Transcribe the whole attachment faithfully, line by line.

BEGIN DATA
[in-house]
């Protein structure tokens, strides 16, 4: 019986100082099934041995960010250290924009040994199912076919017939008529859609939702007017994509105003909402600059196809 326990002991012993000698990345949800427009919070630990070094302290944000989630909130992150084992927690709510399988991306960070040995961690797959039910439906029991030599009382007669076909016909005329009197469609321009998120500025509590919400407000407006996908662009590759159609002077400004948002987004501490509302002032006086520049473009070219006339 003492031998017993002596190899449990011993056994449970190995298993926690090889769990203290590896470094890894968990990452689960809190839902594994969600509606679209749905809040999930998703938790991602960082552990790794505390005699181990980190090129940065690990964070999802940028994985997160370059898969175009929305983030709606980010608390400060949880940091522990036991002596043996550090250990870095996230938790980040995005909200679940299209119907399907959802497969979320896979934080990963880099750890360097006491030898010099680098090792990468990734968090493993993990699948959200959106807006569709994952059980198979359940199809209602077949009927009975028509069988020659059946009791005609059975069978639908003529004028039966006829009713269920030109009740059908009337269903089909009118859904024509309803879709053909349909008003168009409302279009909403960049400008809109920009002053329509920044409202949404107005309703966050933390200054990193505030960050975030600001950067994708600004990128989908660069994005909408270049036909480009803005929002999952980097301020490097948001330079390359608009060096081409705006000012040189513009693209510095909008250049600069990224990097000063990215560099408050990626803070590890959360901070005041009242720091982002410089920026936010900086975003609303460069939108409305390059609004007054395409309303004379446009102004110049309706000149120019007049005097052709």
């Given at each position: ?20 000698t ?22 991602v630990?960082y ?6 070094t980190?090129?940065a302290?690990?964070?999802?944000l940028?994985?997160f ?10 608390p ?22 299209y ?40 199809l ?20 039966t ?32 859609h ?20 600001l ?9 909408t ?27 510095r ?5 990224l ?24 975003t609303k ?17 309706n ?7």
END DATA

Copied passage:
[in-house]
């Protein structure tokens, strides 16, 4: 019986100082099934041995960010250290924009040994199912076919017939008529859609939702007017994509105003909402600059196809 326990002991012993000698990345949800427009919070630990070094302290944000989630909130992150084992927690709510399988991306960070040995961690797959039910439906029991030599009382007669076909016909005329009197469609321009998120500025509590919400407000407006996908662009590759159609002077400004948002987004501490509302002032006086520049473009070219006339 003492031998017993002596190899449990011993056994449970190995298993926690090889769990203290590896470094890894968990990452689960809190839902594994969600509606679209749905809040999930998703938790991602960082552990790794505390005699181990980190090129940065690990964070999802940028994985997160370059898969175009929305983030709606980010608390400060949880940091522990036991002596043996550090250990870095996230938790980040995005909200679940299209119907399907959802497969979320896979934080990963880099750890360097006491030898010099680098090792990468990734968090493993993990699948959200959106807006569709994952059980198979359940199809209602077949009927009975028509069988020659059946009791005609059975069978639908003529004028039966006829009713269920030109009740059908009337269903089909009118859904024509309803879709053909349909008003168009409302279009909403960049400008809109920009002053329509920044409202949404107005309703966050933390200054990193505030960050975030600001950067994708600004990128989908660069994005909408270049036909480009803005929002999952980097301020490097948001330079390359608009060096081409705006000012040189513009693209510095909008250049600069990224990097000063990215560099408050990626803070590890959360901070005041009242720091982002410089920026936010900086975003609303460069939108409305390059609004007054395409309303004379446009102004110049309706000149120019007049005097052709």
């Given at each position: ?20 000698t ?22 991602v630990?960082y ?6 070094t980190?090129?940065a302290?690990?964070?999802?944000l940028?994985?997160f ?10 608390p ?22 299209y ?40 199809l ?20 039966t ?32 859609h ?20 600001l ?9 909408t ?27 510095r ?5 990224l ?24 975003t609303k ?17 309706n ?7």